Picture books of the day: ah, sweet anarchy! Five new books serve up mischief and/or rebellious behavior

Explorers, illustrated and written by Matthew Cordell, published by Feiwel and Friends, ISBN: 978-1250174963, ARC reviewed, to be released: September 24, 2019.

Fly!, illustrated and written by Mark Teague, published by Beach Lane Books (an imprint of Simon & Schuster), ISBN: 978-1534451285, review copy reviewed, to be released: September 17, 2019.

Mr. Nogginbody Gets a Hammer, illustrated and written by David Shannon, published by Norton Young Readers, ISBN: 978-1324003441, to be published: September 3, 2019.

Pokko and the Drum, illustrated and written by Matthew Forsythe, published by Simon & Schuster (A Paula Wiseman Book), ISBN: 978-1481480399, to be released: October 1, 2019.

Zombies Don’t Eat Veggies!, created by Megan and Jorge Lacera, published by Children’s Book Press (an imprint of Lee & Low Books), ISBN: 978-1620147948.

A drum-playing frog who inspires a wild musical rumpus. A zombie who worries his parents because he prefers grains, not brains. A rather bratty boy causing a scene in a museum with a magical toy. A bird trying to convince a parent that any other mode of transportation (hang gliding, pogo stick, etc.) would be better than flapping those wings. And most bizarrely, a round figure with a face for a torso discovering the joys of smashing things with a hammer…as one does.

These characters may not seem to have a lot in common. And yet, this demented quintet causes a ruckus with behavior that’s anti-social and/or with an attitude that defies social norms. These are all characters who would happily call Max from Where the Wild Things Are a friend or at least a fellow rebel. And their antics are all giddily entertaining, bringing layers of subversive fun to books that either celebrate or depict wildness. Three of the five characters learn lessons by the end (to respect others in a shared space such as a museum, to listen to mommy/daddy bird, to not smash everything with a bleeping hammer). In two of the books, the parental units learn to chill (accept your zombie child’s dietary habits, let your frog bang that drum with complete froggy punk abandon). Some kind of order is restored (except, arguably in Pokko’s world, where the party most likely will never end–but this party is a good thing that unites everyone…well, except for a poor unfortunate rabbit. RIP trumpet playing bunny.).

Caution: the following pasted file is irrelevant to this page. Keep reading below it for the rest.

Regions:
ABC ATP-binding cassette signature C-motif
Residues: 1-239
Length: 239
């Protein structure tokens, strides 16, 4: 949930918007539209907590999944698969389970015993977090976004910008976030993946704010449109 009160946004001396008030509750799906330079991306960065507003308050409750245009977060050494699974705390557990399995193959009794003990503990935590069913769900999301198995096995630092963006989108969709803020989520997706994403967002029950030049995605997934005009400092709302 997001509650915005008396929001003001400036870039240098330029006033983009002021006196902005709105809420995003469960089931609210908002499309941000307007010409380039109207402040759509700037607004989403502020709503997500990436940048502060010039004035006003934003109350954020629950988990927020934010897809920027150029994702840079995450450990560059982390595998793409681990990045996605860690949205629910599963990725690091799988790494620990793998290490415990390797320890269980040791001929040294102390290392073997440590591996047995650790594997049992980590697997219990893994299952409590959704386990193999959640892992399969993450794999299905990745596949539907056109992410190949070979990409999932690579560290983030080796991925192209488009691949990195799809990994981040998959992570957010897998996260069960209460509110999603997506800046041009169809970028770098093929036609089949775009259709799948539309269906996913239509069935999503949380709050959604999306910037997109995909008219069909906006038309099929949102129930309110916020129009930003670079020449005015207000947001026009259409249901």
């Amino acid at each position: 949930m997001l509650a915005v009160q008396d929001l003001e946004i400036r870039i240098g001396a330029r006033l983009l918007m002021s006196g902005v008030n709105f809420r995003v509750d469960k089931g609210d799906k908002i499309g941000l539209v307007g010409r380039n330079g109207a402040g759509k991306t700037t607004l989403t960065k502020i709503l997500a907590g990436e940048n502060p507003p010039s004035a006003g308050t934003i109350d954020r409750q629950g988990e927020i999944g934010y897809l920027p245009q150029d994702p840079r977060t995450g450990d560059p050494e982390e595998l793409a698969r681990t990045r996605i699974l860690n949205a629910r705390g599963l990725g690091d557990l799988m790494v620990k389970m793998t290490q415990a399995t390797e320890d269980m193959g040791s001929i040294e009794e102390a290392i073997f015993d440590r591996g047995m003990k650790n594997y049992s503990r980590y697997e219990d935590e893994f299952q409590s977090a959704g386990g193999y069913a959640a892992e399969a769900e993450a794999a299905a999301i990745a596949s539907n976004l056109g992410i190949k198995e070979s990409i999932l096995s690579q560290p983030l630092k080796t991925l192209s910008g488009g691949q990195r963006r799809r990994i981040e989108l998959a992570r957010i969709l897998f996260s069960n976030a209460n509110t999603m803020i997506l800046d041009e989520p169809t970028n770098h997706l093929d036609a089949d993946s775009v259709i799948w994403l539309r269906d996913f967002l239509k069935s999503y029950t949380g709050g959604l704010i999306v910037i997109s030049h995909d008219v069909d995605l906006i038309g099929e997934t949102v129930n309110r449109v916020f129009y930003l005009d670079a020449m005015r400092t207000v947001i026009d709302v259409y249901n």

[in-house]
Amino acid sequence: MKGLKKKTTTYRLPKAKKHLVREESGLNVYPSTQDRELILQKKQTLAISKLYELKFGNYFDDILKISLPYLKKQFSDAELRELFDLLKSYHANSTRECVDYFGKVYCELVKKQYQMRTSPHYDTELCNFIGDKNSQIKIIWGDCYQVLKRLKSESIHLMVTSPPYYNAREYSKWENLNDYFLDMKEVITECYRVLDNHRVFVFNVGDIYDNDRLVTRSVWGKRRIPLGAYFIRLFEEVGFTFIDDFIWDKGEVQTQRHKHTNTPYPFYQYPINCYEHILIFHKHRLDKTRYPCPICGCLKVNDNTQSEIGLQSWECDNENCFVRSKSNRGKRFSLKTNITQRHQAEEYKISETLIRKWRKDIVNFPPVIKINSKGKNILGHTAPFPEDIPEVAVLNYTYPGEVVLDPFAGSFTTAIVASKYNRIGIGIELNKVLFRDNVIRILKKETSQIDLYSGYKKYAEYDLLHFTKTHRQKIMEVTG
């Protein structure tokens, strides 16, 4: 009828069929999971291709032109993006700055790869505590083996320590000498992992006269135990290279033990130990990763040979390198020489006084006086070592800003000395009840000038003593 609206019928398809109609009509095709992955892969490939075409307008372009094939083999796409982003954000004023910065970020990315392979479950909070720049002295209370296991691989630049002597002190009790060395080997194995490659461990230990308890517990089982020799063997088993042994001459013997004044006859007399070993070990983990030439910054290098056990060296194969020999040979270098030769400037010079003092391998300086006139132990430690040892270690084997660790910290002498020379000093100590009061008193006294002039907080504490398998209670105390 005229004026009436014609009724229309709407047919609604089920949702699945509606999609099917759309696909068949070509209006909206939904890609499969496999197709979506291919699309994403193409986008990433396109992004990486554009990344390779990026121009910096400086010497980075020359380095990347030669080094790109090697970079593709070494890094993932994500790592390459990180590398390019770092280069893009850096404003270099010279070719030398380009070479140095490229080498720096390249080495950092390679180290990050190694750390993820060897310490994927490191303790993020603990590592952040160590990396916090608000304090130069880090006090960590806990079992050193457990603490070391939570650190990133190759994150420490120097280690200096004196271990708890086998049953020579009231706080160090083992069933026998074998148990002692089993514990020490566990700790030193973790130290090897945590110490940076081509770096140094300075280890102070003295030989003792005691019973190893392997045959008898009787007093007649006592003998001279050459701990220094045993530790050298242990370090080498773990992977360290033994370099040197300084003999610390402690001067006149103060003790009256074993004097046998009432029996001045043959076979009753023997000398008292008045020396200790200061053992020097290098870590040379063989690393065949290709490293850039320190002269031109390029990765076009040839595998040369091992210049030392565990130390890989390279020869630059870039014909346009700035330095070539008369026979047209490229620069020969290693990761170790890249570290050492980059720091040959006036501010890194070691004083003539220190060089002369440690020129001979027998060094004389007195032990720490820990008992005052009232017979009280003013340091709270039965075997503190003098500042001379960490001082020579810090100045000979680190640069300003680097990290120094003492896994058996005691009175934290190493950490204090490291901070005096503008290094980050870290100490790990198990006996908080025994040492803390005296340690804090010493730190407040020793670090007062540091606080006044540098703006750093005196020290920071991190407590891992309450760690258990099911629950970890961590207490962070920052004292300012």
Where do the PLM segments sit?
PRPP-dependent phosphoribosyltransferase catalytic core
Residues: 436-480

The art in all five books beautifully captures movement. And each creator tells their story with expert comic timing and visual wit.

With Explorers, Matthew Cordell serves up his first near-wordless book since his great 2018 Caldecott winner Wolf in the Snow. He deftly employs his “fluid pen and ink with watercolors” technique when showing the boy’s antics in a museum. He does not give the reader a sickly sweet excursion with a happy happy joy joy family (a mother, father, son, and daughter) experiencing total togetherness while they walk through the building’s many rooms. No, he isn’t afraid to make the central character, the boy, a bit of a stinker who tosses around a mysterious bird-like toy (bought from a street vendor possessing a sign that says “Magic”) from room to room. This clueless imp shows anger at anyone who dares touch it (the mortified parents must apologize for him). Cordell gives readers great aerial shots of the action, pulling us back to capture the boy’s frantic trek. He then effectively throws in close-ups of a child’s hand catching the toy–first the boy’s, but later, the hands of other characters. The boy does learn a lesson by the end, and after much drama and more embarrassed apologies, the family becomes friends with another family. This reassuring ending brings a satisfying close to the action. And that mysterious street vendor? Oooh, who is he and where did he come from? And I dig the Abbey Road reference.

Mark Teague’s Fly! has instantly become one of my favorite wordless books of all time. Well, okay, if you’re a bird, this book probably isn’t wordless. The baby bird and the parent do speak to each other in their own language. In each speech bubble, Teague puts in one of his masterful acrylic paintings illustrating what the characters are saying. The book depicts a charming, visually witty, and hilarious give and take between a stubborn child and an increasingly frustrated parent who feels the time has come for the little one to get out of that nest and fledge already. After the little one falls to the ground, the conversation becomes funnier and funnier. The parent speaks of the glory of other birds flying. The baby responds with an image of a glorious hot air balloon. The parent’s next speech bubble shows a line crossed through that hot air balloon. The baby responds with an expressed desire to hang glide. And so on. Teague has always been a master at body language and facial expressions (his illustrations for Cynthia Rylant’s underrated story time must have The Great Gracie Chase demonstrate this), and here he perhaps surpasses himself. Just look at those birds’ faces. The book keeps surprising the reader right up to its final moments.